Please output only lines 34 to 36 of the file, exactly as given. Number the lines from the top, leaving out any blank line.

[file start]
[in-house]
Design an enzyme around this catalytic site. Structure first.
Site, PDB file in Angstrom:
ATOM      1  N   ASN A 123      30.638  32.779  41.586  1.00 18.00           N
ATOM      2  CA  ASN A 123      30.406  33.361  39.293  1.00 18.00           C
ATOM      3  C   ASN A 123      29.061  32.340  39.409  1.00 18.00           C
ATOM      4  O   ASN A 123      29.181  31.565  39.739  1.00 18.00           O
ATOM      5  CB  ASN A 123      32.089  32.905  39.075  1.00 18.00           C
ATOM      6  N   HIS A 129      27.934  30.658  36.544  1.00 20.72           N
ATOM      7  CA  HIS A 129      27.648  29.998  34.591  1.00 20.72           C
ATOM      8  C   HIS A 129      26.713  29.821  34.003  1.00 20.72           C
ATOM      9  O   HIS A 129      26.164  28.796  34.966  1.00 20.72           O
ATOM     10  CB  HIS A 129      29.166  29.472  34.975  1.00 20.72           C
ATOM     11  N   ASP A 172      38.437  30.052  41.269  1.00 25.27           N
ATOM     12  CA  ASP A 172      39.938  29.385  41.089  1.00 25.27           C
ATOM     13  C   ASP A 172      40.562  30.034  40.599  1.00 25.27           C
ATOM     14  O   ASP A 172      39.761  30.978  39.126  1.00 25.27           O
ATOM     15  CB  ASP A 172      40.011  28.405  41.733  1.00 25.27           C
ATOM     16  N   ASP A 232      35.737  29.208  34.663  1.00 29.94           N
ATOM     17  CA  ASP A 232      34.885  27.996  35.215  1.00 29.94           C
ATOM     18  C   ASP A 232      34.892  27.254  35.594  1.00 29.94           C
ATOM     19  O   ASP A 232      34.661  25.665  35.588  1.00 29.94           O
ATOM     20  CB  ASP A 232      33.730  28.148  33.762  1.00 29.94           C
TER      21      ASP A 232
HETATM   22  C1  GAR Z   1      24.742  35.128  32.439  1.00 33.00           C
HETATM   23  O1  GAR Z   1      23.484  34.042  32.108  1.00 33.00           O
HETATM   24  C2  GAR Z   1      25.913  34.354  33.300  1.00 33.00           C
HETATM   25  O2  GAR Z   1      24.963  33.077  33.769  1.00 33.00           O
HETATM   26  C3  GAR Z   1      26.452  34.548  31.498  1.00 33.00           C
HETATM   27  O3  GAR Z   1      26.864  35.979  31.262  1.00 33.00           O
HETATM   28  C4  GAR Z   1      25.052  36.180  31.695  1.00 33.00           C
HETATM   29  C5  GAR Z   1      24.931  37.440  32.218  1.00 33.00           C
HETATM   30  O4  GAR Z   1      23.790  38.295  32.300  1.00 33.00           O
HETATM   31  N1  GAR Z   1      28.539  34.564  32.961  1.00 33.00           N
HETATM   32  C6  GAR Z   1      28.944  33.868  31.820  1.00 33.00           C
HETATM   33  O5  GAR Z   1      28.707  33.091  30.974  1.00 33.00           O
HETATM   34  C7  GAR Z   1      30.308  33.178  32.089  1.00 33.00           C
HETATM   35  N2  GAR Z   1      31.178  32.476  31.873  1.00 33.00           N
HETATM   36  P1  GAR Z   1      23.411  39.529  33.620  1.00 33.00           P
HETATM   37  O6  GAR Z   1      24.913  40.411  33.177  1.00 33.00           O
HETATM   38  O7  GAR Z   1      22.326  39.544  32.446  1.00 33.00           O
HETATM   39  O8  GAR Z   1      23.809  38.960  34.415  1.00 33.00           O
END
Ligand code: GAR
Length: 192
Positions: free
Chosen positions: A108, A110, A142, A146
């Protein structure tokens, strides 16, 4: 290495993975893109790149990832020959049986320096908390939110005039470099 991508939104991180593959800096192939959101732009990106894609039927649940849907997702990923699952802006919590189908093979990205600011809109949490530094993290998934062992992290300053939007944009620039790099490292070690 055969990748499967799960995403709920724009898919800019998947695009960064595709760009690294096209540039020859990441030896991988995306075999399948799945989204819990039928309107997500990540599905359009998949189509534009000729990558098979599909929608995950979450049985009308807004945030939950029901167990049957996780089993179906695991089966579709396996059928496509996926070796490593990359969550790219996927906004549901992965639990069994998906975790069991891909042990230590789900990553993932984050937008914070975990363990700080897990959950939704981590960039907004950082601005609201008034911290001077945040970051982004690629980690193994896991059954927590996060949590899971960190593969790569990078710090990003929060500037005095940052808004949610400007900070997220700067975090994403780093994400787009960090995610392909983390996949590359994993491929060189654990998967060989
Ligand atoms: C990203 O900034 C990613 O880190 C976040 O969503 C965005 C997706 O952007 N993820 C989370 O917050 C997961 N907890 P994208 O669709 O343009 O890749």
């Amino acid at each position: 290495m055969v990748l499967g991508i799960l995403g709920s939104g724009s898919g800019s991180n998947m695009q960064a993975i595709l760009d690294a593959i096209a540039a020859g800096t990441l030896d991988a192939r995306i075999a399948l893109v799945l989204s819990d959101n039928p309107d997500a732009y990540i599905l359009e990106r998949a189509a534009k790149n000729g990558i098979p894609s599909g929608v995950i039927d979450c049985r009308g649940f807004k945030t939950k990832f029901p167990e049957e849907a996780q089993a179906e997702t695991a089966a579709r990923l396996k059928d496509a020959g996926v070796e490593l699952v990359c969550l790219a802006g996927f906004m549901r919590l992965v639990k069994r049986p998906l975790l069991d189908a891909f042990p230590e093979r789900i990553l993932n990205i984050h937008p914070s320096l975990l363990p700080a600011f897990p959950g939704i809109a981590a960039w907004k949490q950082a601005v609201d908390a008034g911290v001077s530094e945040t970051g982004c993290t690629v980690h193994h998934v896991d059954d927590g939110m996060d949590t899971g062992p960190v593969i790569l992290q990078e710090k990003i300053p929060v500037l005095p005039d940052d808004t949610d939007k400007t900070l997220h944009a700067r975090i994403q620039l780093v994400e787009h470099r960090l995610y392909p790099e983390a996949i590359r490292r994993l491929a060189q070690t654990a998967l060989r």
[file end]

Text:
HETATM   31  N1  GAR Z   1      28.539  34.564  32.961  1.00 33.00           N
HETATM   32  C6  GAR Z   1      28.944  33.868  31.820  1.00 33.00           C
HETATM   33  O5  GAR Z   1      28.707  33.091  30.974  1.00 33.00           O